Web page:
“The Prince of Egypt”: Much More than Just a Movie & Songs

“The Prince of Egypt”: Much More than Just a Movie & Songs

1998’s The Prince of Egypt has become one of the greatest animated movies from DreamWorks Animation. It would be the company’s second feature film, and it is based on the Biblical Book of Exodus.

At the center of the story lies Moses. He goes from being a Prince in Egypt to leading one of the world’s largest documented exodus. The movie was a success at the box office with a budget of $70 million and going on to gross $218.6 million.

Besides its evergreen soundtrack, the story of Moses resonates with three of the largest religions in the world—Judaism, Christianity, and Islam. It’s also one of the best religion-based films in Hollywood.

We look at some of the movie’s inspirational scenes and why they’ve remained iconic after two decades.

The Birth of Moses

Baby Moses

Credit: The Prince of Egypt

The animated film begins around the birth of Moses, with his people being slaves in ancient Egypt. The story’s background has the current Egyptian King, Pharaoh Seti, afraid that the Hebrew slaves would one day outnumber the Egyptians. To protect his people and their ancestral lands, he undertakes the gruesome killing of Hebrew infants at birth.

Moses was born at a time when he and other Hebrew-born sons threatened the powers of Egypt. Refusing to let her son be killed, his mother brings him and his older siblings (Miriam and Aaron) to the Nile River. She places the baby in a basket and lets it drift away. Then, broken and in pain, she sings a final lullaby to the floating baby, hopeful that someone will find him and save him.

A Watchful Sister, A New Mother and Brother

Moses and Rameses

Credit: The Prince of Egypt

The baby’s elder sister, Miriam, refuses to let go and follows the floating basket to see what might become of it. By happenstance, Pharaoh’s wife, Queen Tuya, was also at the bank of the Nile River. Miriam sees Queen Tuya pick up the child from the floating basket and names him Moses.

She introduces her new adopted son, Moses, to her toddler son, Rameses. Having confirmed the final destination and whereabouts of her baby brother, Miriam prays that Moses would one day grow up and be able to set his true people (the Hebrews) free.

Moses and Rameses grew up as brothers and best friends. They were particularly known for their healthy rivalry and nuisances in the streets of Egypt.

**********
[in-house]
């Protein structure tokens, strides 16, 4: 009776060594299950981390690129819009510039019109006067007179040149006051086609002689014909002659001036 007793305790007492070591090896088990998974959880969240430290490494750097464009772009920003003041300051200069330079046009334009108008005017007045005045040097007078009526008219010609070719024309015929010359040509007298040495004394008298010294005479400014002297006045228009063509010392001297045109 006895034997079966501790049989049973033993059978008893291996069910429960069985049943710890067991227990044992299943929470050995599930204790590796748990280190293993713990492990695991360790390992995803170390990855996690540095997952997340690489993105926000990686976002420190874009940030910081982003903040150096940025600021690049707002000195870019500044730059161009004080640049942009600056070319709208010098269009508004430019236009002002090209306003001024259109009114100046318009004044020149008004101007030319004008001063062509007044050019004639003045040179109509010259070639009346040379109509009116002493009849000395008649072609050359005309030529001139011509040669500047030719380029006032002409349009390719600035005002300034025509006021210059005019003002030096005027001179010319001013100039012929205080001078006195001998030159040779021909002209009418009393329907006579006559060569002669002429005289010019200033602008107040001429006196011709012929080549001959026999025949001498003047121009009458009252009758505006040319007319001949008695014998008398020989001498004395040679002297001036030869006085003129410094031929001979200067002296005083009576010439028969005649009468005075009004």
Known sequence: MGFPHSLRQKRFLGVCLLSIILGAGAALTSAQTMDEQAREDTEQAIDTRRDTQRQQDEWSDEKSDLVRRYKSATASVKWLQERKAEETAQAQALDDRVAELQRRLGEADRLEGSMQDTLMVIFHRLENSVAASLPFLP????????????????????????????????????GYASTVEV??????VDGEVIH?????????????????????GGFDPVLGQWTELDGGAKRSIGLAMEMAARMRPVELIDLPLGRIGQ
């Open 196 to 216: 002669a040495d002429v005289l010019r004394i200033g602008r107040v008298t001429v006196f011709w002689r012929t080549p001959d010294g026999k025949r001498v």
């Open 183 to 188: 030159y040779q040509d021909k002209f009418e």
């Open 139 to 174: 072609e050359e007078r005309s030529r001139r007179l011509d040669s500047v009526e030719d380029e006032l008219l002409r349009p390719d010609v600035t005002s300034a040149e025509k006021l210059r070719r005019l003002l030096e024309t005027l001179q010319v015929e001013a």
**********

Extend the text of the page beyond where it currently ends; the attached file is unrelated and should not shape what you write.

Moses Flees Egypt


Credit: The Prince of Egypt

Moses accidentally reunites with Miriam and Aaron, who informs him of his past. Refusing to believe, Pharaoh confirmed the infanticide years ago.

With a new softheartedness for the children of Israel, he comes across an Egyptian guard flogging an older Hebrew man. By accident, he pushes the Egyptian guard to his death. Rameses promises to fix things, but Moses is afraid of his actions and flees Egypt.

Moses Encounters the Burning Bush

The Burning Bush

Credit: The Prince of Egypt

As a shepherd in the house of Jethro, Moses sees a burning bush up in the mountain while taking the animals to feed. God instructs Moses to return to Egypt and free the Hebrews. God also empowers his staff to perform wonders before Pharaoh. Moses’ wife, Zipporah, chooses to go down to Egypt with him.

The Ten Plagues of Egypt

The Plagues

Credit: The Prince of Egypt

Rameses, now Pharaoh, is more than happy to have his brother Moses back in Egypt. However, Moses’ request to set the Hebrews free threatens the lives and existence of the Egyptians. Rameses refuses to jeopardize the life of his people for Moses and is annoyed it is the only reason Moses chooses to return to him and Egypt.

The God of the Hebrews unleashes 9 different plagues on the Egyptians. Still, Pharaoh refused to let them go.

The Passover & Last Plague

The Last Plague

Credit: The Prince of Egypt

Moses informs the Hebrews of God’s plans for the last plague—all Egyptian firstborn sons will die. The Hebrews celebrate the first Passover in thanksgiving for being spared from death.

The death of Rameses’ son and heir emotionally breaks him, and he decides to let the Hebrews go. The Hebrews leave Egypt after years in slavery with the When You Believe song, hopeful for a better tomorrow.

The Parting of the Red Sea

Red Sea

Credit: The Prince of Egypt

When the Hebrews arrive at the Red Sea, they discover the Egyptians are in hot pursuit. Rameses is done mourning and, in vengeance, vows to bring the Hebrews back as slaves or kill them in the desert.

With a pillar of fire preventing the Egyptian army from reaching the gathering of Hebrews and the bank of the Red Sea, Moses stretches his staff and strikes the Red Sea with it. Dry land miraculously appears as the Hebrews march on to escape the Egyptians.

With the pillar of fire removed, the Egyptian army pursued the Hebrews through the parted Red Sea. Finally, the seawater walls collapse and kill the Egyptian army, except Rameses. Moses and Rameses bid an emotional farewell to each other from opposite sides of the Red Sea.

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